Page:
The data saved in the database were then processed using an inference system to detect the ADLs of the older adult. The daily activities associated with each room of the house and specific objects are (see Figure 6): (i) Sleeping—the older adult is located in the bedroom and then on the bed; (ii) eating—the older adult is in the kitchen and the fridge is used; (iii) personal hygiene—the older adult is in the bathroom; (iv) reading—the older adult is located in the living room and the book is used; (v) spare time/TV—the older adult is in the living room and close to the TV; (vi) walking—the older adult is inside the house and is moving around; (vii) outside—the older adult leaves the house.

5.2. Routine and Deviation Assessment

To validate the proposed algorithms for baseline and deviation detection we constructed a data set named ADLS (i.e., the activity of daily living set), which contains information about daily life activities of 10 older adults and was generated using the system described in Section 5.1.
The ADLS data set contains information about daily life activities performed by 10 older adults collected throughout various time frames. We have used it to validate and assess the efficiency of the baseline and deviation detection algorithms in different settings. Table 3 provides a more detailed description of the data including the link to the older adult, which was monitored, the total number of monitored days and out of these the number of days with sequence and duration anomalies.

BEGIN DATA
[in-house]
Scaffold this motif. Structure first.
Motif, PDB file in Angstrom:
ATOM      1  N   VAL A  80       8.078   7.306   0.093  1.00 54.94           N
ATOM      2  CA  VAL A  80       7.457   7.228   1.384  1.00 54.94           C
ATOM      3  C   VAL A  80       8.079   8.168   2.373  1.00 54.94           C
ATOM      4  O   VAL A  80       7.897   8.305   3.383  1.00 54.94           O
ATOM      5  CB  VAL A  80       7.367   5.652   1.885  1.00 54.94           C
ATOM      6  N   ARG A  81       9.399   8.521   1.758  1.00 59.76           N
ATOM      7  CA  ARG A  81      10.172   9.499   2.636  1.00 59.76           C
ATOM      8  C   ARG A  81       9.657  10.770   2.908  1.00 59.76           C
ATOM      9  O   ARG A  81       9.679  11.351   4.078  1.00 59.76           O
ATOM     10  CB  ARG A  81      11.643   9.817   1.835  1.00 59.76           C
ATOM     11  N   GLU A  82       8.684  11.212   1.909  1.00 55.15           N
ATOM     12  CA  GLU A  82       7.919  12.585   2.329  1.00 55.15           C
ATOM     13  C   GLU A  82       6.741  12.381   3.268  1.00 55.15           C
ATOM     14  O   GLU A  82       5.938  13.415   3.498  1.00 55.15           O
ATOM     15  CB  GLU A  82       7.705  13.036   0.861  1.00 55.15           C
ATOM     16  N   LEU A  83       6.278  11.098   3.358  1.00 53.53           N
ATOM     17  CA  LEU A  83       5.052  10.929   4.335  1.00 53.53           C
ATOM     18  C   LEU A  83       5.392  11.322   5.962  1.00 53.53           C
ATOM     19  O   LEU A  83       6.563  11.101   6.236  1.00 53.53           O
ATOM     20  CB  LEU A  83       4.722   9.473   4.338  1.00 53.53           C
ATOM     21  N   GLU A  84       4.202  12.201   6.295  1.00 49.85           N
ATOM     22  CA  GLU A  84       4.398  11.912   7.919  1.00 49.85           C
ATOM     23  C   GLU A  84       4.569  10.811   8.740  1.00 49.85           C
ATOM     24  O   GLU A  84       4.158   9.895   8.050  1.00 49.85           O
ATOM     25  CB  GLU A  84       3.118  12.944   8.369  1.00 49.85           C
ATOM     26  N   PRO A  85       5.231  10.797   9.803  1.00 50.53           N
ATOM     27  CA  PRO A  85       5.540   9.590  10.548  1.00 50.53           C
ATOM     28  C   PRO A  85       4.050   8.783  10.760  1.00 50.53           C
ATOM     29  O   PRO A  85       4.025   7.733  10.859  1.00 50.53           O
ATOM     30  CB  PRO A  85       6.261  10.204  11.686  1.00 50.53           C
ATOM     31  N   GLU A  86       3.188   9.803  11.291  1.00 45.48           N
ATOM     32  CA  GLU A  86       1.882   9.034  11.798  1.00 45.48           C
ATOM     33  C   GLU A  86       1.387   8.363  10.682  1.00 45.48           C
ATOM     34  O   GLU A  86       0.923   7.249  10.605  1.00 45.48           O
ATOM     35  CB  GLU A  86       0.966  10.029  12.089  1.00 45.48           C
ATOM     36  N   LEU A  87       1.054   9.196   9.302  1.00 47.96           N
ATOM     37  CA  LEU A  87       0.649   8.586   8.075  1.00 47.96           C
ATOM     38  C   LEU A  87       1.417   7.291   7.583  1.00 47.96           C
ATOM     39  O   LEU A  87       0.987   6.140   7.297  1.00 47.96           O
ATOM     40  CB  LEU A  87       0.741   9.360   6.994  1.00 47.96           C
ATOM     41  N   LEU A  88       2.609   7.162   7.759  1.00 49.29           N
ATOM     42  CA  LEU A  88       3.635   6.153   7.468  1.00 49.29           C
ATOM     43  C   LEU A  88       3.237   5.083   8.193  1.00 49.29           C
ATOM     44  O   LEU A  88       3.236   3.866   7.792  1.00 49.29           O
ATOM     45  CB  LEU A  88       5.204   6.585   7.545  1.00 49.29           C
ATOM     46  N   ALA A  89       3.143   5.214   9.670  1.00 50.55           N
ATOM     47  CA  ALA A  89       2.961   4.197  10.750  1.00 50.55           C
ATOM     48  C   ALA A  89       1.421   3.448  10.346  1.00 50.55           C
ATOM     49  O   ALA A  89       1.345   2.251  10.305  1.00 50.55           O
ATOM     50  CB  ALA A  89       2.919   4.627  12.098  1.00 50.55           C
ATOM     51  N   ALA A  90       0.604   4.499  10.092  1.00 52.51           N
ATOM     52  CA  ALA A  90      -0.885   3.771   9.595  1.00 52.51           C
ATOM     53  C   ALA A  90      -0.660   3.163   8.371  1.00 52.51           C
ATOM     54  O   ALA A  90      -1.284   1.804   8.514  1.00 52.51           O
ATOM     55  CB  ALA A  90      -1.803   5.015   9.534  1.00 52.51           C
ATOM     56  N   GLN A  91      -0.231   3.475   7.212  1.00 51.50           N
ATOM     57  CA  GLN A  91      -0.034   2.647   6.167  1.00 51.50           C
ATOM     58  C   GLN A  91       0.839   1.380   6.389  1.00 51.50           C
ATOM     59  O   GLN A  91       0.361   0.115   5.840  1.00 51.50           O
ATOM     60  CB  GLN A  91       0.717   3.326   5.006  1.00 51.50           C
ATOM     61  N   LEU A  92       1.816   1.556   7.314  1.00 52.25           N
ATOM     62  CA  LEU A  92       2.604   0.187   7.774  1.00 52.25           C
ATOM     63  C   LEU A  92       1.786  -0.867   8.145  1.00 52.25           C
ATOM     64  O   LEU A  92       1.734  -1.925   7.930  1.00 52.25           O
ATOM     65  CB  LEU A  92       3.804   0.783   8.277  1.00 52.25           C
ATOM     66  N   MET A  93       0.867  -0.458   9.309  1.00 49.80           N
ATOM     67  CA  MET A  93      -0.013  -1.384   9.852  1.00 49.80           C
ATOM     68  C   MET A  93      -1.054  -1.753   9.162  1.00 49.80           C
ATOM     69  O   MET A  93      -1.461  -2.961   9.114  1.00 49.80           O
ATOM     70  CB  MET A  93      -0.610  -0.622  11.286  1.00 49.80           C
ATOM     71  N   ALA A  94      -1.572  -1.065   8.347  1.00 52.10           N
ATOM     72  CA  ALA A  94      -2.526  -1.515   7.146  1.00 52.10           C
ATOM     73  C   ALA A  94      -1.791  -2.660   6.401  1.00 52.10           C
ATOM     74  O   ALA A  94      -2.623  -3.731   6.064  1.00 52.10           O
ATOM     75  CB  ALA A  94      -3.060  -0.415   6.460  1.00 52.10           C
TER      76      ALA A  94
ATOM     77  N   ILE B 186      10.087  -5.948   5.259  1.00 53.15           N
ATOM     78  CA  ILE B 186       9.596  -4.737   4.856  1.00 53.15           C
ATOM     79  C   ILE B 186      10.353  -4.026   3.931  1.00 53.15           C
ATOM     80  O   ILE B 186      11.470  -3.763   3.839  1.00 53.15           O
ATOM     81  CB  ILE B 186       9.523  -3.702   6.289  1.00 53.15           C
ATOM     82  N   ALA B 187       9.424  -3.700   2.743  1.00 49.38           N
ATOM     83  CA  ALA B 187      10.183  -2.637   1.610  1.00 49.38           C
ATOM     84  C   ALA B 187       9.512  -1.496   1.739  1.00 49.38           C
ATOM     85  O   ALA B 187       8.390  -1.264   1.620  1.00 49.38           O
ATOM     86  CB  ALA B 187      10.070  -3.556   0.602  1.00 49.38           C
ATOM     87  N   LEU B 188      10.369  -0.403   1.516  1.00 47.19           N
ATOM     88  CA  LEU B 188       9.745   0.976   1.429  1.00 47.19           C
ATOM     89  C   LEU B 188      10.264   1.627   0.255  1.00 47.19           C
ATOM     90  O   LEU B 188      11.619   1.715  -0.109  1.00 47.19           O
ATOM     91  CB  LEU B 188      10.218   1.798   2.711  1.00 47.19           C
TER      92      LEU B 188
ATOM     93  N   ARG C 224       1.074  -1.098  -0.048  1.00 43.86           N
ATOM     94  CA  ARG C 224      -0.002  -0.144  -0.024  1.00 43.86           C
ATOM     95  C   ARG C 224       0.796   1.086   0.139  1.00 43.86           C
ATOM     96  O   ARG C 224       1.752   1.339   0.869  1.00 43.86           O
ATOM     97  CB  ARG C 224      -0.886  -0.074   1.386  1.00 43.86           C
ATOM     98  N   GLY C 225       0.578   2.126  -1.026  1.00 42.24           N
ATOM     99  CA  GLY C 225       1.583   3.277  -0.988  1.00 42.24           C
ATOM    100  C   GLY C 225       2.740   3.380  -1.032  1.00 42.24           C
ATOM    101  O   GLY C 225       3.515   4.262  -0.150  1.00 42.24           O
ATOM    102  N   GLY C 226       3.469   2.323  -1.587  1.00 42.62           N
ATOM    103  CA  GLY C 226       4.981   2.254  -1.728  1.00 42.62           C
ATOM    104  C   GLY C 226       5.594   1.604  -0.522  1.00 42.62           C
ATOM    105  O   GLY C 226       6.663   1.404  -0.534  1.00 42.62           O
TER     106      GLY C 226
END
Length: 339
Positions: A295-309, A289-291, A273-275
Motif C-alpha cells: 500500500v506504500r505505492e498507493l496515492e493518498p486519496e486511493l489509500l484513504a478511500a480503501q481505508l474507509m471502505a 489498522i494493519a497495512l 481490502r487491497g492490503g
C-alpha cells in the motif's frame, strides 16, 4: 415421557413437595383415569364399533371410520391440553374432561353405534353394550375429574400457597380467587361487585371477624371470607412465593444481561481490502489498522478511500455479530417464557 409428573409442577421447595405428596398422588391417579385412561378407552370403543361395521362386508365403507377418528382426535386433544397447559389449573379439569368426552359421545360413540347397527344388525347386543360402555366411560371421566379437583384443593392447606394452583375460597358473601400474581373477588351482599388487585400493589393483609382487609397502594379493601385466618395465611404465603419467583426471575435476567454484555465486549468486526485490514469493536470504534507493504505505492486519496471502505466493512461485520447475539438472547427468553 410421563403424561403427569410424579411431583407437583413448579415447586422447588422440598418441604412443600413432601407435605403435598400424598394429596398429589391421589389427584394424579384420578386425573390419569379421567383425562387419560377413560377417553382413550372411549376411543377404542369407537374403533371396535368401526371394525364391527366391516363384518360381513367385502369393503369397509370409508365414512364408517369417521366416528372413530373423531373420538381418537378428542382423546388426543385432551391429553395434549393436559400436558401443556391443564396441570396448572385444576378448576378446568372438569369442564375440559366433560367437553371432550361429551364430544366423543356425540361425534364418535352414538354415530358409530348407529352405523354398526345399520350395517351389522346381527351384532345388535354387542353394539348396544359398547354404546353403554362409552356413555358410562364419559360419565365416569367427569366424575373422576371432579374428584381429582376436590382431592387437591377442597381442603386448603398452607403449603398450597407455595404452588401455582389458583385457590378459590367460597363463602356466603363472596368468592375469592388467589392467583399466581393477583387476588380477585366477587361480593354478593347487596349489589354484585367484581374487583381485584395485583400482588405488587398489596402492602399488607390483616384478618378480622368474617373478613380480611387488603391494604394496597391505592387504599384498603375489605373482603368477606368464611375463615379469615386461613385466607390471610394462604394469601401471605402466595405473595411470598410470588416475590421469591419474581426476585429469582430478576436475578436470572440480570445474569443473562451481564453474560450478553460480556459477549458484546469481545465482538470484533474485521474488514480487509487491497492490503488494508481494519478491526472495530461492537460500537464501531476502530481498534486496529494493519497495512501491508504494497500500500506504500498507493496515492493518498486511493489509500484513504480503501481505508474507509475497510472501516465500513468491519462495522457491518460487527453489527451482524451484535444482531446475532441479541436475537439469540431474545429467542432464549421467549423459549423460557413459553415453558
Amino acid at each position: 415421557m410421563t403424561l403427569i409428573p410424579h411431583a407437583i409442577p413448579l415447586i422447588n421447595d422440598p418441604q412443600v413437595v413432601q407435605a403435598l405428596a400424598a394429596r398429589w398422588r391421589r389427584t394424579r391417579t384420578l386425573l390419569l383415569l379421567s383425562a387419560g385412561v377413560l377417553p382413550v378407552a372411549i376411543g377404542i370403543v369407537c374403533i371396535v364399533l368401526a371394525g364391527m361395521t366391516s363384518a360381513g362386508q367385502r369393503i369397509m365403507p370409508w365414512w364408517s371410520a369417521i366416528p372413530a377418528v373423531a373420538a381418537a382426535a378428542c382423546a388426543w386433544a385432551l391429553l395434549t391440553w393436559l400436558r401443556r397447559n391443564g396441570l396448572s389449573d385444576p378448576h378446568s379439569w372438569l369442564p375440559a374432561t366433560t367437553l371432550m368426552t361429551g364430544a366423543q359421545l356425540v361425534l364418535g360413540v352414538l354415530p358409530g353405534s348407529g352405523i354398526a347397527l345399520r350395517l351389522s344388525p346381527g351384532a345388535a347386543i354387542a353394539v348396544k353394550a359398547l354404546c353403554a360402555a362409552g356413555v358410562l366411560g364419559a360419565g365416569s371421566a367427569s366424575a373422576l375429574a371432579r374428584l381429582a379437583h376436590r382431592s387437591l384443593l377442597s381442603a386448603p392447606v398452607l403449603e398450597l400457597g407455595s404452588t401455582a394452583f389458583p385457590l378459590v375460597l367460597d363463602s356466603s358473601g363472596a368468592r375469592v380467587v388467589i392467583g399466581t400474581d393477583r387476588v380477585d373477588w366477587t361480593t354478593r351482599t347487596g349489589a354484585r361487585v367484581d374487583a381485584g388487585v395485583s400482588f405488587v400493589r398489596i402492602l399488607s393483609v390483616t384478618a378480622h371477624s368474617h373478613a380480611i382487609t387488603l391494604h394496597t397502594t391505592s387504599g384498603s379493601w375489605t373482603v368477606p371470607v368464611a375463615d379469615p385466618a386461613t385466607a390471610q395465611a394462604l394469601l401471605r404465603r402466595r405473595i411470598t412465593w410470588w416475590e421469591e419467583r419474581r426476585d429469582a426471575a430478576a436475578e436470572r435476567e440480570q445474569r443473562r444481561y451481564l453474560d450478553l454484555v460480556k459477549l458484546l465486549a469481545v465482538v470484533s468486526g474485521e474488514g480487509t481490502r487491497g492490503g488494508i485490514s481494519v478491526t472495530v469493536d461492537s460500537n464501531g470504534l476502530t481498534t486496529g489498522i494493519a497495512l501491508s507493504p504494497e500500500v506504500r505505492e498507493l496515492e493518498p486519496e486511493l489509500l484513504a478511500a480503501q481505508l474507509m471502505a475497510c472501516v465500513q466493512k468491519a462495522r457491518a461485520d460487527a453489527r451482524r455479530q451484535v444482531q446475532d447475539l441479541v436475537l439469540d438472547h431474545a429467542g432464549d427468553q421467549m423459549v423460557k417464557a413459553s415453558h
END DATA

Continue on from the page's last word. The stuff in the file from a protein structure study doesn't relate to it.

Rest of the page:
For each older adult, the data set contains the start time and end time of a monitored activity together with the activity label. Figure 7 shows a snippet from the ADLS data set corresponding to the older adult M1, which contains the activities performed during the day of 28 November 2020, together with their start and end time of each activity.
To evaluate the proposed algorithms’ success rate of abnormal behaviour detection, we applied the k-fold cross-validation technique and the results were evaluated using the precision, recall, F-measure, specificity and accuracy metrics. For each older adult, we split the dataset containing the daily monitored activities into k folds, where one fold contains the daily activities monitored for two weeks. For each fold, we performed the following steps:
The fold was considered as a test data set on which the deviation detection algorithm was applied to detect the days with deviations.